It is not only the world's leading business and financial families that require the use of a family office; one of America's most successful entertainment stars has this week announced that she is creating her own single family office, writes Katie Baker.
According to the Wall Street Journal, television star Oprah Winfrey, who is worth an estimated $2.4 billion, has hired Peter Adamson as her chief financial officer. However, Winfrey, who made her fortune in television, films and magazines, is unmarried and has no children. Could the term family office be a misnomer?
Not according to Eric Spaas of the European Network of Family Offices: "I don't think it has anything to do with whether you have children or not, it is more to do with managing your wealth. If you don't have any children you can use your wealth to help someone else. The family office can organise that transfer to other purposes," he explains.
Juliette Johnson, Head of Family Business at Coutts Private Bank, agrees: "The functional side of the family office will be similar if it serves an individual or a family. An individual will still have to deal with estate planning and deciding how they want their wealth managed when they are gone. This almost equates to the same thing as transferring wealth to the next generation – the individual still needs to decide what will happen to their wealth in the future, so the family office services are appropriate."
Further, Johnson stresses Oprah must first decide who she wants to benefit from her wealth: "If she has no direct family, who does she consider to be her family? Who does she want to support? From the answers to these questions she can decide what is the best structure to use."
Often touted as one of the richest African-American's of the 20th Century, Oprah, a self-made billionaire from Mississippi, is also a renowned philanthropist. Through her private charity, The Oprah Winfrey Foundation, she has awarded hundreds of grants to organisations that support the education and empowerment of women, children and families around the world.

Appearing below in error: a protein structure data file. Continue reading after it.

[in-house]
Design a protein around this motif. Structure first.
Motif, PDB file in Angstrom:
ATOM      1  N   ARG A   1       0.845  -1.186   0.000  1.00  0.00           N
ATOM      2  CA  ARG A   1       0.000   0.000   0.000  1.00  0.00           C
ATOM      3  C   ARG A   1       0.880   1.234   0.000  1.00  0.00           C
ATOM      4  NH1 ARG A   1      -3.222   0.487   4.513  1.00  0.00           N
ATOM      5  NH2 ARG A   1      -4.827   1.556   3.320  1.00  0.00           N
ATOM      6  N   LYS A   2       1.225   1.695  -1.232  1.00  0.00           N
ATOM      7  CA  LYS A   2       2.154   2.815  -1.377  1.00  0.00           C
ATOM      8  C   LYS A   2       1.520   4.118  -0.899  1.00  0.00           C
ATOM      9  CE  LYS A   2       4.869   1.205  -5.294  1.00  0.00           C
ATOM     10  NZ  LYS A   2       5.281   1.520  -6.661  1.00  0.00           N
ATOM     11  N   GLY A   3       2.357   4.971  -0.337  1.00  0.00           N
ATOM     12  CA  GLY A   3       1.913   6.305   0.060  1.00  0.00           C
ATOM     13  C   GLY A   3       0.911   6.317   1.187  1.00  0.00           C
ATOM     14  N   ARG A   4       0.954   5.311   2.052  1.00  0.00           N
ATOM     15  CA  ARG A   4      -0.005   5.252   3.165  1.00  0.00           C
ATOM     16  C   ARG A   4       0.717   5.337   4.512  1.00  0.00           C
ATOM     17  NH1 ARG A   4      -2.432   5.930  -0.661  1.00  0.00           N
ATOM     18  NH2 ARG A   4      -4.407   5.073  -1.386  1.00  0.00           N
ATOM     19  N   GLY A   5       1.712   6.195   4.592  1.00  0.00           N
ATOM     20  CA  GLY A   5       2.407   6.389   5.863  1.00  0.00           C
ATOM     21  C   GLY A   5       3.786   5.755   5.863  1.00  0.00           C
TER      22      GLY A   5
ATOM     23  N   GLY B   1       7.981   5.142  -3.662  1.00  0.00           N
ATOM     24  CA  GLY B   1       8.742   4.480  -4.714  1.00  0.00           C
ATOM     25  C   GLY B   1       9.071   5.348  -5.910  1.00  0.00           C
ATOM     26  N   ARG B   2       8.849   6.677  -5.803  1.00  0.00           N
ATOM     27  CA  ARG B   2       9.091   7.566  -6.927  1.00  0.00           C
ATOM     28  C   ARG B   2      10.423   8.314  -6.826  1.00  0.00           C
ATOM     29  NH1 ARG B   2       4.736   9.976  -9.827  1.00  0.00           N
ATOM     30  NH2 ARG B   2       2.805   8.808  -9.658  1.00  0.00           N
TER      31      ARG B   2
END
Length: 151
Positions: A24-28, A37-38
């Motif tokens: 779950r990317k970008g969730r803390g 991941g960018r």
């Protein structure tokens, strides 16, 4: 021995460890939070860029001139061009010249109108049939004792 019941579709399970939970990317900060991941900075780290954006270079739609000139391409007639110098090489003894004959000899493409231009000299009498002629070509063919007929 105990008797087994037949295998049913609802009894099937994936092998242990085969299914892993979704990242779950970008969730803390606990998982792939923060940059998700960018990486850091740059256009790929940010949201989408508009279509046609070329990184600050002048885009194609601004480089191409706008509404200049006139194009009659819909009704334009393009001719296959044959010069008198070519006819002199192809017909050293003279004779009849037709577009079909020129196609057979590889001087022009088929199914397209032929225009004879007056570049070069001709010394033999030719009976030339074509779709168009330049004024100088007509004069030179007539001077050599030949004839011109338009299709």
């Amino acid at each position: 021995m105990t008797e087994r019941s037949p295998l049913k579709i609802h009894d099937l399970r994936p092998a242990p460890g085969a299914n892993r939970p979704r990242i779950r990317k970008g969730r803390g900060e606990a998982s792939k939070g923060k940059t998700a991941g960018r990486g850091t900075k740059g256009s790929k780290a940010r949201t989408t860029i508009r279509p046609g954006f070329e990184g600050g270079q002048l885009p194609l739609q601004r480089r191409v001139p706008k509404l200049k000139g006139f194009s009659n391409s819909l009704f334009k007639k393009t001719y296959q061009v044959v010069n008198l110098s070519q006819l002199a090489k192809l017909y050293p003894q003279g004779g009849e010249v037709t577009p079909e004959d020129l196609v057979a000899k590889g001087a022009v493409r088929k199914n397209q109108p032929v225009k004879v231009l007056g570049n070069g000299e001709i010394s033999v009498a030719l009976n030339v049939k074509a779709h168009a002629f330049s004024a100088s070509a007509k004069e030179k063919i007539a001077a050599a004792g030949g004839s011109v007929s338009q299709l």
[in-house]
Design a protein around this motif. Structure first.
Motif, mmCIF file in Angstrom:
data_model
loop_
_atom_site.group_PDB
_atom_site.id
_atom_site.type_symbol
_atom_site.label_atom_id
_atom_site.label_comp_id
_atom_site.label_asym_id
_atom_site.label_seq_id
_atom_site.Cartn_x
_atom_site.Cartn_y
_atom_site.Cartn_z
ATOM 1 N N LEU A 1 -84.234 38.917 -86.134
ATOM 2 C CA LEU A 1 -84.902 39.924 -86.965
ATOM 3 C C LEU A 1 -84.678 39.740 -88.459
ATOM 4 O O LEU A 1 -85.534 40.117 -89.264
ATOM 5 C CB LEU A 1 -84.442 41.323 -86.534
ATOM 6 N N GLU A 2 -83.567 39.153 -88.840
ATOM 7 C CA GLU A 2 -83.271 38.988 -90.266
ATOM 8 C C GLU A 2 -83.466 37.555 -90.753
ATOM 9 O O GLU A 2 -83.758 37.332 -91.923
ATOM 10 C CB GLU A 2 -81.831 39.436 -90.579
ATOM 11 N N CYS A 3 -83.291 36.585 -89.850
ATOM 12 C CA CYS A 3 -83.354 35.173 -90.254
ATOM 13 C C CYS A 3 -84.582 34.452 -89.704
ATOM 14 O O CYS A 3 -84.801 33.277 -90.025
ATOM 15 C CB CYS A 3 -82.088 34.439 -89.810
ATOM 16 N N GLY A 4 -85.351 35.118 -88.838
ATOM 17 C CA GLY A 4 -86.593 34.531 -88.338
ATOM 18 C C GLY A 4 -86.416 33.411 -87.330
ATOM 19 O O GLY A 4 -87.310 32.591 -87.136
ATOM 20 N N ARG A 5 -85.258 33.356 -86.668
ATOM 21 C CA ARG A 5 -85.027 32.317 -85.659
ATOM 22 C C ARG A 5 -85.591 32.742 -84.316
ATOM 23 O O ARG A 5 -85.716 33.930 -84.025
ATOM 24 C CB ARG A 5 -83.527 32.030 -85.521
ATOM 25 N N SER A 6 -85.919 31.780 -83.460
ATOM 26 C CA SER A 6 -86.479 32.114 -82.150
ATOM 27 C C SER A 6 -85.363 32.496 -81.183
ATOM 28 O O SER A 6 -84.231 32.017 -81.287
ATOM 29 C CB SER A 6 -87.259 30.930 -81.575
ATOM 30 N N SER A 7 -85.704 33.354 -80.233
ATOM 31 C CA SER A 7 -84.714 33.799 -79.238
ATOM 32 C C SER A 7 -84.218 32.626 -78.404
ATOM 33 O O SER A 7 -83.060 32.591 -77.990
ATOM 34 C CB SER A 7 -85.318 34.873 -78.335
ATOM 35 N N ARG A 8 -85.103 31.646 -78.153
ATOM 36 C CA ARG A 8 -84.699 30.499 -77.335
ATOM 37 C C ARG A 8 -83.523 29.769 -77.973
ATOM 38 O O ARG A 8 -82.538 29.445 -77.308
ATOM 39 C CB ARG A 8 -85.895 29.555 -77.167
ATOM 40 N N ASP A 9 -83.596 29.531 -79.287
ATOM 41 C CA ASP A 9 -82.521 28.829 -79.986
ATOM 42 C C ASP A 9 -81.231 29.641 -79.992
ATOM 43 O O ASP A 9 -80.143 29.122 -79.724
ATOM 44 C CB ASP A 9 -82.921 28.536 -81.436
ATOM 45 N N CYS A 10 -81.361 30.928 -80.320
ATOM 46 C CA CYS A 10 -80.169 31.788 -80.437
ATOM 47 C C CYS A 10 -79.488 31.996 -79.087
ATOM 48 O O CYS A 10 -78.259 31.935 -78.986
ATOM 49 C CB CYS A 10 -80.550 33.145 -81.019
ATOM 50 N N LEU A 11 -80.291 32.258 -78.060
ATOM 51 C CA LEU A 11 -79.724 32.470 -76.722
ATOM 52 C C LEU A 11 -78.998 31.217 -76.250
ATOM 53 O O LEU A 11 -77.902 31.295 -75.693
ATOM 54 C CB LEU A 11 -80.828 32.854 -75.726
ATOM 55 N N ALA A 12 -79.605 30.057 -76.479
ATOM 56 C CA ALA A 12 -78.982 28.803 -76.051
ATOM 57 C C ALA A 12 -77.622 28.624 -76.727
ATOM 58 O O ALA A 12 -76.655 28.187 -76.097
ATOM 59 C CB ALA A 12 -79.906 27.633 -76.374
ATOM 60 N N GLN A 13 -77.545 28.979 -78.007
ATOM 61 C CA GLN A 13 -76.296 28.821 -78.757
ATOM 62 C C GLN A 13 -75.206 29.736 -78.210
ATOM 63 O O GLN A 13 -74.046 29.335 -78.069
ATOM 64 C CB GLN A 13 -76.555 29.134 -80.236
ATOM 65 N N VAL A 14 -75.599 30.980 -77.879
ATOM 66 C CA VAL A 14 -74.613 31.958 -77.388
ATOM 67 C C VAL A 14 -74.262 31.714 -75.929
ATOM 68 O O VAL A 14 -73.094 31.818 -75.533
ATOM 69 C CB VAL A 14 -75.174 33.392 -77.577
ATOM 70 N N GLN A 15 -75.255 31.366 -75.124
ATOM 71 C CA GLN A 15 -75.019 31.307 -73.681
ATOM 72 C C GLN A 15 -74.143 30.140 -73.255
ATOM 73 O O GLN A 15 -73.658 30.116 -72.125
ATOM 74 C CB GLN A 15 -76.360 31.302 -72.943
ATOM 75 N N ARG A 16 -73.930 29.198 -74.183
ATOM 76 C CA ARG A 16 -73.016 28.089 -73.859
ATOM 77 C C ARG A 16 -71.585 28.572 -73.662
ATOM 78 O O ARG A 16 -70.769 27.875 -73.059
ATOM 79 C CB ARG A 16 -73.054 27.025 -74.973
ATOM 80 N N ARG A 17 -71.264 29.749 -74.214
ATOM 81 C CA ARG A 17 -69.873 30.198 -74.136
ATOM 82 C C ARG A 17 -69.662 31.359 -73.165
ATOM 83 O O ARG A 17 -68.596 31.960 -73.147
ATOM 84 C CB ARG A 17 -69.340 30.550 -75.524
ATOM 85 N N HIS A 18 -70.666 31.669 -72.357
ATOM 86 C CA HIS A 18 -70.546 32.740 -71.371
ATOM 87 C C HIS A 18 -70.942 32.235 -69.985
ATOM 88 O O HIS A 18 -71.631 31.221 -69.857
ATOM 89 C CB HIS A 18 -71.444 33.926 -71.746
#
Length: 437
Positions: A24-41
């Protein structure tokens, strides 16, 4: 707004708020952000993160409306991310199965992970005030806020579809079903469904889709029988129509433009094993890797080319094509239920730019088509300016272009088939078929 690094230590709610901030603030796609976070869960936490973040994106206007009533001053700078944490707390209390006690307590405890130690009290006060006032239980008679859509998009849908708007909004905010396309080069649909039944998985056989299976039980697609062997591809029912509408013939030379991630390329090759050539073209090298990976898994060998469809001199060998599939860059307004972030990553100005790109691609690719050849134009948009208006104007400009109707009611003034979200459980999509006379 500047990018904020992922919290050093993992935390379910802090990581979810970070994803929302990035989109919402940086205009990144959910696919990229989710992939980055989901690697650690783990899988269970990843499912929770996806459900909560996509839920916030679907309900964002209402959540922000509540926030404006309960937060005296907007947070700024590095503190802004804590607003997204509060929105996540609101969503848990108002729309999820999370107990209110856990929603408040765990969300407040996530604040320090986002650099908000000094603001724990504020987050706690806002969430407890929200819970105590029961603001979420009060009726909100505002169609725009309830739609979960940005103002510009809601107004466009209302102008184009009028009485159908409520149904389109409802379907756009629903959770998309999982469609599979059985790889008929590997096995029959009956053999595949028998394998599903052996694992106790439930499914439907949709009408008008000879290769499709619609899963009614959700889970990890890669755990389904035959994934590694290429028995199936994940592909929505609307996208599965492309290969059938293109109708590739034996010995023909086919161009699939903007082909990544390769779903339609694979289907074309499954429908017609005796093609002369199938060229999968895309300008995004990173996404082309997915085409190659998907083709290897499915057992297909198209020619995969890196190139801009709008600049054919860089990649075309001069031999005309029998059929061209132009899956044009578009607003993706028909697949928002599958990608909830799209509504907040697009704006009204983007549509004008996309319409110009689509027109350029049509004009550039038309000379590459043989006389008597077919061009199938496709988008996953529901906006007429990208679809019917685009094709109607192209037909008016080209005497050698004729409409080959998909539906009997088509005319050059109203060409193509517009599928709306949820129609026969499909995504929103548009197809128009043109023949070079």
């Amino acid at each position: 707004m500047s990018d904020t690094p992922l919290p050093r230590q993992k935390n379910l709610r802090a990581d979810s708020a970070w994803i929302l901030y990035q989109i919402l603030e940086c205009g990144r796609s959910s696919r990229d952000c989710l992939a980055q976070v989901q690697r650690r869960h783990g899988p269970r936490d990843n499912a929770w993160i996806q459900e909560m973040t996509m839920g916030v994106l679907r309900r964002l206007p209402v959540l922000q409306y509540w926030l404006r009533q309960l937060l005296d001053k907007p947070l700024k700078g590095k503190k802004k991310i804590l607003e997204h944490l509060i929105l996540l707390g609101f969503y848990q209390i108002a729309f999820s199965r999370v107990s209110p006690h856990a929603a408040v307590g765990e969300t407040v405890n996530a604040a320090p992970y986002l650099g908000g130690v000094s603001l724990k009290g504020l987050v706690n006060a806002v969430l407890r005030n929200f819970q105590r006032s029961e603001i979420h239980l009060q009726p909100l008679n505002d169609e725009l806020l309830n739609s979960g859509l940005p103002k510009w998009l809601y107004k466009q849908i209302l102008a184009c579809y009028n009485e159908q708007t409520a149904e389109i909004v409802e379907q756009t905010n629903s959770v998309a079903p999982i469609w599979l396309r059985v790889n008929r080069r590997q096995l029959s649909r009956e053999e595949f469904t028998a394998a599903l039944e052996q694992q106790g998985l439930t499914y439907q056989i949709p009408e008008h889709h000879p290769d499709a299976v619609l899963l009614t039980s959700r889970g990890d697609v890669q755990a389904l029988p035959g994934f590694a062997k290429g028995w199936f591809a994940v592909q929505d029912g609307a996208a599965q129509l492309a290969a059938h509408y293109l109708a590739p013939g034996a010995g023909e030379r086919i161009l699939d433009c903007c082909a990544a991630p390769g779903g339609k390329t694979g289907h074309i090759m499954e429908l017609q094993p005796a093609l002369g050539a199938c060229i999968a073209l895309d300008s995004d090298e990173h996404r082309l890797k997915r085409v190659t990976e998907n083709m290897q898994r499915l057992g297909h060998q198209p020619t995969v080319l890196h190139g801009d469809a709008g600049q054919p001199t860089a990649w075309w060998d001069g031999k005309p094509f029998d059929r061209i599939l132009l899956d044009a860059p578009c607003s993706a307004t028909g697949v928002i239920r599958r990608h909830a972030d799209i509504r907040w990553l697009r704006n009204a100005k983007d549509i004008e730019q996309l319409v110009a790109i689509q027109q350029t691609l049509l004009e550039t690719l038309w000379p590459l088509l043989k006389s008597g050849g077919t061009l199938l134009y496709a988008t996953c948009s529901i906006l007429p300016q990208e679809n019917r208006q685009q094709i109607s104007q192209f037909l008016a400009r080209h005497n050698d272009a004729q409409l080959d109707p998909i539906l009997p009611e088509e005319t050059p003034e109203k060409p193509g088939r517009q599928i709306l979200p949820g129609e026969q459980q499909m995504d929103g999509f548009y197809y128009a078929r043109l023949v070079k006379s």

Chris Phillips of US-based multifamily office Threshold believes philanthropy is the real reason why Oprah is so suitable for the family office model. "Family office services are applicable to anyone involved in high level philanthropy, as Oprah certainly is. She directs dollars towards programmes that extend far into the future, which will probably take the place of planning for her own future generation," he says.
So why has Oprah chosen the family office model as opposed to a private bank or other wealth management structure? Has she come to the same conclusion as many families that such institutions cannot currently best serve her needs?
"If private banks are not willing to adapt they will see more people adopting the family office model," says Spaas. However, both Johnson and Phillips believe the family office and private banking models can co-exist. "I think they are two separate service models with their own deliverables," Phillips says.
What is certain is that Oprah has huge clout. She is recognised as being one of the most powerful people in the world and is the only person to have appeared on every one of Time magazine's "Most Influential People" lists. Could she single-handedly propel wealthy individuals to engage with the family office model in greater numbers?
It is likely that as her biggest sphere of influence is the US, many of her wealthy followers will already be well aware of the advantages that family offices can bring, although clearly elsewhere in the world there may be more interest. However, the time of the family office as the "must-have" accessory surely bit the dust with the onset of financial crisis.
Instead, Threshold's Phillips prefers to highlight Oprah's overall unique approach that he says she will undoubtedly bring to the family office model: "Oprah has always been innovative and finds a way to make things work and I don't think it will be any different as she sets up her family office. She is not necessary following the mould but I don't think she ever has, she's always self defined things."